All in all, an excellent issue, albeit one that could still have been improved if Cliff Chiang had been in charge of the art.
Justice League #13
After last issue’s kiss between Wonder Woman and Superman…
…Wondy is up against the Cheetah. However, despite twatting Cheetah with a tree, she’s pulling her punches and so gets knocked out for the first time…
Turns out that Cheetah was the first friend Wonder Woman made in the outside world, but she’s been possessed by an Amazonian god, which makes her as fast as the Flash, able to resist Wonder Woman’s lasso and able to hurt Superman.
Meanwhile, Superman and Wonder Woman decide that that kiss was actually quite nice.
And Steve Trevor is drowning his sorrows in a bottle with Oliver Queen, after having been dumped for a second time by Wonder Woman.
Is it any good?
Surprisingly, yes. Although it has the occasional comic book-ism, this is rather a good issue all round. Wonder Woman and her issues are the centre of it all, and it’s good to see Cheetah being used well and given a reasonable new origin. For those who don’t know, Cheetah first arrived in the sixth issue of Volume 1 of the original Wonder Woman comic, where she was a socialite with multiple personality disorder.
Then, post-Crisis back in the 80s, she became a British archeologist who took up some rather dodgy, rather racist and rather silly antics with an African plant god, Urtzkartaga.
Now, in keeping with the nu52, the Cheetah has a slimmed down origin story that also gets rid of the silliness of the Perez origin, while staying in keeping with the nu52’s current mantra: gods can kick the crap out of superheroes. So great to see this new and improved Cheetah.
The story also deals with the Superman-Wonder Woman romance a little, managing to steer away from the crasser possibilities. Here, there’s a little more romance, with Superman and Wonder Woman deciding a kiss is just a kiss, but that they actually do like each other. Here, things are getting a little more stereotypical, with Wondy wanting to be an independent girl, the boys in the Justice League wanting to help her and she refusing, with Supes showing that he wants to look after her. Although there is no I in team, and seeing as Superman ends up possessed and everyone else has their arse kicked by Cheetah, it’s likely that the demi-goddess known as Wonder Woman will be the one who ends up saving the boys from her.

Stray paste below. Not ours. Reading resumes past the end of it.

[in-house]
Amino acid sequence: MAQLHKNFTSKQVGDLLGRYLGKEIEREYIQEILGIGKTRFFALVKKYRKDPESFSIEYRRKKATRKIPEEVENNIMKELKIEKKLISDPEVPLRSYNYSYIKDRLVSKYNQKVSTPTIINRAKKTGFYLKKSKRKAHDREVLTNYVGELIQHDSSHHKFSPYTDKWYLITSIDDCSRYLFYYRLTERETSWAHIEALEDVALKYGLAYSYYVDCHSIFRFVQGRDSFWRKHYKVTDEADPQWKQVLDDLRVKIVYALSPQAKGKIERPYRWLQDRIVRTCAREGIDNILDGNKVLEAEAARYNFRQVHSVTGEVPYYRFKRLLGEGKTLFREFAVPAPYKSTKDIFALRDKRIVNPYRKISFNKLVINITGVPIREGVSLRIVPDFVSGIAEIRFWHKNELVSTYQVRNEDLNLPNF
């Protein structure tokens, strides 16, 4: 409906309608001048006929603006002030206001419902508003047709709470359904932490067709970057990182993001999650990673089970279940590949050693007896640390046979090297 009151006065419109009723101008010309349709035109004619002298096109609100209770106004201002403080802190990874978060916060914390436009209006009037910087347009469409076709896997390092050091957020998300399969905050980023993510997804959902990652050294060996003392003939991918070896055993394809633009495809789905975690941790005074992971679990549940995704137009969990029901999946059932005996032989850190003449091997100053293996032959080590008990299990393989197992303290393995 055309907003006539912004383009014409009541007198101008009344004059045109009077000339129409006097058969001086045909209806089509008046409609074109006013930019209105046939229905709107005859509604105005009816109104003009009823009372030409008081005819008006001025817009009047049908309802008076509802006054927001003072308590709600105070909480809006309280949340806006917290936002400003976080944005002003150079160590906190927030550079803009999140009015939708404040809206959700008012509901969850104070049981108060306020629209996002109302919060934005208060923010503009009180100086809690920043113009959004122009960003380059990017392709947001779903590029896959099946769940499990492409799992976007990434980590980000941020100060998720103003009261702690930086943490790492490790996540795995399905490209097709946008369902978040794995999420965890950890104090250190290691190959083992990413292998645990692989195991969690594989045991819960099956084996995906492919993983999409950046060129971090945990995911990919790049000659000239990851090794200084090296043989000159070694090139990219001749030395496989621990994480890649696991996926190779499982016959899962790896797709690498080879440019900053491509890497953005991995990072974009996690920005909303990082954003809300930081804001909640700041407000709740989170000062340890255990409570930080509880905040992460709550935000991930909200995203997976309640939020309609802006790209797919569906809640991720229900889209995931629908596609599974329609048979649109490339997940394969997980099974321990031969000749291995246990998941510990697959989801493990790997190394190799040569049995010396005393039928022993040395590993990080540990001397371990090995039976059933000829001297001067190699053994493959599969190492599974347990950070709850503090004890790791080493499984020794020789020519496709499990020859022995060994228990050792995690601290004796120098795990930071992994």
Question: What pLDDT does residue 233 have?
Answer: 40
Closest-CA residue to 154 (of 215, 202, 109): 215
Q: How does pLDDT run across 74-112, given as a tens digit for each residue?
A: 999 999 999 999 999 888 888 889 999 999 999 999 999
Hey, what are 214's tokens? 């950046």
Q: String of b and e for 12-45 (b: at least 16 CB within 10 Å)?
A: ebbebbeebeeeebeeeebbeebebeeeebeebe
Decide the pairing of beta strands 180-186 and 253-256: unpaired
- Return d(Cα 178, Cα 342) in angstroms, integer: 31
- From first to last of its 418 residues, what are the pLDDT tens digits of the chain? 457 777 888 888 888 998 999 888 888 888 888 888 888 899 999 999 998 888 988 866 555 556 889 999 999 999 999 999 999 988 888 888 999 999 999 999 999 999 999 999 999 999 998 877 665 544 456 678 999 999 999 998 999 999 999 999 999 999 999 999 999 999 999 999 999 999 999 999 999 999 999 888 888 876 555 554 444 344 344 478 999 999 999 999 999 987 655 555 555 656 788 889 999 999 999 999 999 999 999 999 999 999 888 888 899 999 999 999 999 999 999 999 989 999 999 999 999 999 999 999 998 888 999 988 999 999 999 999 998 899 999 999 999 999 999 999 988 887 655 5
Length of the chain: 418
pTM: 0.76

Which would be lovely.
Incidentally, Aquaman has crap-all to do in this, which shows you just how great a leader he is.
The artwork in this issue is also an improvement, with Jim Lee having been replaced by Tony Daniel. Daniel manages to do a decently sexy Wonder Woman without the somewhat pornographic overtones of Lee, and although there are some slight manga elements to his style, I’d say he’s doing the best non-Chiang job out there.
After a lot of cover eyeing up of Wondy while she’s got her in her submarine…
…Batwoman takes Wonder Woman down to a place where the Amazons used to lock up creatures of mythology.
There, they discover the guards dead, Medusa gone and Nyx, the goddess of night, is running things now.
With a little help from Batwoman’s gadgets, the two escape the night and head off to find Medusa’s other son, Pegasus.
Is it any good?
In a lot of ways, it’s very good, with the art, as usual, a feast that’s second to none and requires a long time to properly digest, even if this Wondy looks very little like any other version of Wonder Woman we’ve seen so far. Wondy comes out of it a bit inept, nearly squished to death by creepy crawlies while she tries to talk Nyx into being nice, only to be saved by Batwoman, but she’s a guest in another comic so that’s not totally surprising. And there is a very lovely description of Wonder Woman by Batwoman at the beginning of the story that does make her seem very wonderous indeed.
Largely, the issue revolves around the fish-out-of-water dilemmas of Batwoman, and Wonder Woman’s own existential angst. Batwoman is a guest in Wonder Woman’s world, having to struggle with immortals and gods, not knowing who’s an enemy and who’s a good guy, not knowing the mythology, not understanding the rules that guide this world.
Wonder Woman, in turn, is struggling to deal with her own issues – whether she’s a demigoddess or a goddess, the memories of her mother, and her dead Amazon family. But she also struggles with the rules of her own world, too, unsure of her own mortality, unsure whether her new family of gods is a family or just more enemies.
Where it slightly falls apart is in lack of communication with the Wonder Woman team. Wondy thinks of Poseidon and his world fondly; and she believes Eros to be the son of Nyx, neither of which are true in Wonder Woman – the latter is only true in myth according to the Orphic Mysteries, with Eros the brother of Nyx in Hesiod, the son of Aphrodite in common belief. The Amazons are also more like the pre-nu52 Amazons, with their vault of mythological prisoners, something we’ve not seen before in any other title.
And since when is Pegasus a person? Oh well, more on that next issue, I suspect, but at the moment, Batwoman is making Brian Azzarello look like a master of research.
Lovely artwork, but it needs a better Wonder Woman in every sense, and the plot that doesn’t involve Wondy is so obscure, I have no idea what’s going on and little interest in finding out.
The strip continues with female Brainiac getting the crap kicked out of her by Power Girl.
Bellicose Wonder Woman gets elected to head up the new Justice League, while Robin and Batgirl get grounded by their parents. No really. And Wonder Woman and Steve Trevor argue over the legality of there even being a Justice League at all, with Wonder Woman eventually getting the upper hand.
Fun for what it is, but nothing too taxing in the scheme of things.